And the rest of the time, you just have to make do with what's available in your community. Truth be told, we ourselves only drink raw milk about 50-75% of the time, due to the difficulty of obtaining it. We have been known to drive long distances to stock up on raw milk, but I don't exactly like to do that often. So, we get it as often as we can and the rest of the time, we make do.

 

Further Reading and More Resources

Raw-Milk-Facts.com

RealMilk.com

Interview with Mark McAfee, founder of Organic Pastures, one of the US' largest producers of raw milk (video) – an excellent and informative resource!

Raw Milk Food Safety Resources from the Farm to Consumer Foundation

Learn More About Raw Milk – a long list of links from the Farm to Consumer Legal Defense Fund

Raw Milk and Raw Milk Products: Safety, Health, Economic and Legal Issues – PowerPoint presentation (this links to the page where you can open the presentation)

The Weston A. Price Foundation

Government Data Proves Raw Milk Safety

Dr. Mercola on Raw Milk Advocacy

Dr. Mercola on Raw Milk Advocacy 2

Raw Milk Cheeses – from The Nibble

Healing with Whole Foods by Paul Pitchford

Nourishing Traditions by Sally Fallon and Mary Enig, Ph.D.

The Raw Milk Revolution: Behind America's Emerging Battle Over Food Rights by David E. Gumpert and Joel F. Salatin

The Raw Truth About Milk by Dr. William Campbell Douglass

The Untold Story of Milk, Revised and Updated: The History, Politics and Science of Nature's Perfect Food by Ron Schmid (This book is an exceptional one. At over 400 pages long, with about 30 additional pages of citations and an index, it makes the scientific study around raw milk easily approachable.)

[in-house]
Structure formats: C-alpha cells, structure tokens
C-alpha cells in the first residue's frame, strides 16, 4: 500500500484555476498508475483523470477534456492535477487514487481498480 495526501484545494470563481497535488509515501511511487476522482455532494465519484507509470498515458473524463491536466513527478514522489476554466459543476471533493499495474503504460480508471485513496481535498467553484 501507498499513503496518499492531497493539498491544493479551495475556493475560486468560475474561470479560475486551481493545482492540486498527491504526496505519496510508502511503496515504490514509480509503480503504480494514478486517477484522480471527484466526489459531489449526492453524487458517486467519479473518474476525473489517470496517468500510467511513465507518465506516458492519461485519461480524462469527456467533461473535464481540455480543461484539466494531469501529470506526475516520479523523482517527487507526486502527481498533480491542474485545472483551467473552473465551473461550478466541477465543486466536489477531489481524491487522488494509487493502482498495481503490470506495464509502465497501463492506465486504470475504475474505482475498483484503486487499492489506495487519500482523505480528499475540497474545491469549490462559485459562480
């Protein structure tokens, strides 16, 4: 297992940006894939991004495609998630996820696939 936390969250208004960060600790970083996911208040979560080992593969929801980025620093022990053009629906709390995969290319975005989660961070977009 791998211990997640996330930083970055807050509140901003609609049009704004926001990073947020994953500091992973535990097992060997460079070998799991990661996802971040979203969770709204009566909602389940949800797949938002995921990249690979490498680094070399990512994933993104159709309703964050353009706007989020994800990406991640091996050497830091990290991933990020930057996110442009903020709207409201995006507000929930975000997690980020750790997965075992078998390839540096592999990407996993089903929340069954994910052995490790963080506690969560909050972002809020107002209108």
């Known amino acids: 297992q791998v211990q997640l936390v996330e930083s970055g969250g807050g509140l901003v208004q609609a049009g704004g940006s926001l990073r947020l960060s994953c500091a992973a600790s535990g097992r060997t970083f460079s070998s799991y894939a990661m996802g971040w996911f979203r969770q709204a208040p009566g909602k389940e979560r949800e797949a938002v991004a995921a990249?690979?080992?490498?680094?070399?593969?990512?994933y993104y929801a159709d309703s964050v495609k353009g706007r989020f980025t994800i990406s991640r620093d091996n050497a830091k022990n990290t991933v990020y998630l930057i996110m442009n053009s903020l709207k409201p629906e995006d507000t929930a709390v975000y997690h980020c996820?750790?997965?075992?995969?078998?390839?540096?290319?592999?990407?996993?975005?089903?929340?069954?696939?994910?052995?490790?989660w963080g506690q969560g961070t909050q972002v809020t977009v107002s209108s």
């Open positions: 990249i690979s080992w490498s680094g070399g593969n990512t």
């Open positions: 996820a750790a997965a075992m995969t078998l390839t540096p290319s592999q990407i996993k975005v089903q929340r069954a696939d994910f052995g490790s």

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26 thoughts on “5 Reasons We Drink Our Milk Raw

  1. Monika says:

    You mentioned traveling long distances to stock up on raw milk. Unfortunately, raw milk is illegal in my state, so I’ve been searching out the best and nearest options in a nearby state. I was wondering if I could stock on it when I made a trip, but I read that the milk only lasts for two weeks unopened or one week after opening. I did a search to see if I could freeze raw milk without damaging the beneficial enzymes, but it was not recommended due to the changes that would take place in taste and texture. How do you keep your milk from going bad when you stock up?

    • Kresha says:

      Well, raw milk won’t really go “bad,” although it definitely sours, so I try to use the milk for various things at various stages.

      When it’s fresh and sweet, we drink it straight, steam it in lattes, etc – all the usual things you do with milk.

      If we know we won’t drink it all before the “best before” date, we do freeze some of it, and then, since you’re right – the taste and texture does change upon thawing – we use it in smoothies, for baking, etc.

      If we don’t freeze it and it sours, we use it in applications that benefit from the sour taste and thickened texture, like these Sour Milk Biscuits or cornbread.

      Other than that, we just decide how often we’re willing to make the trip to buy fresh milk. πŸ™‚

      I hope that helps!

  2. This Woman Writes -- Carolyn Henderson says:

    We have owned goats for years, and are fortunate in having a rich, bountiful source of raw milk. Interestingly, while many people’s initial reaction to goat milk is, “Oh, yuck!” when we have done taste tests — a glass of commercial whole milk, a glass of goat milk, and a glass of each mixed — people inevitably choose the goat milk as the best, and are convinced that it’s the “real stuff” from the store. Generally, whole milk from the store is chosen last. “That must be the goat milk,” they say. “It’s not very good.” Goats are a workable option for people who don’t have space for a cow, but want the freedom of milk in their fridge.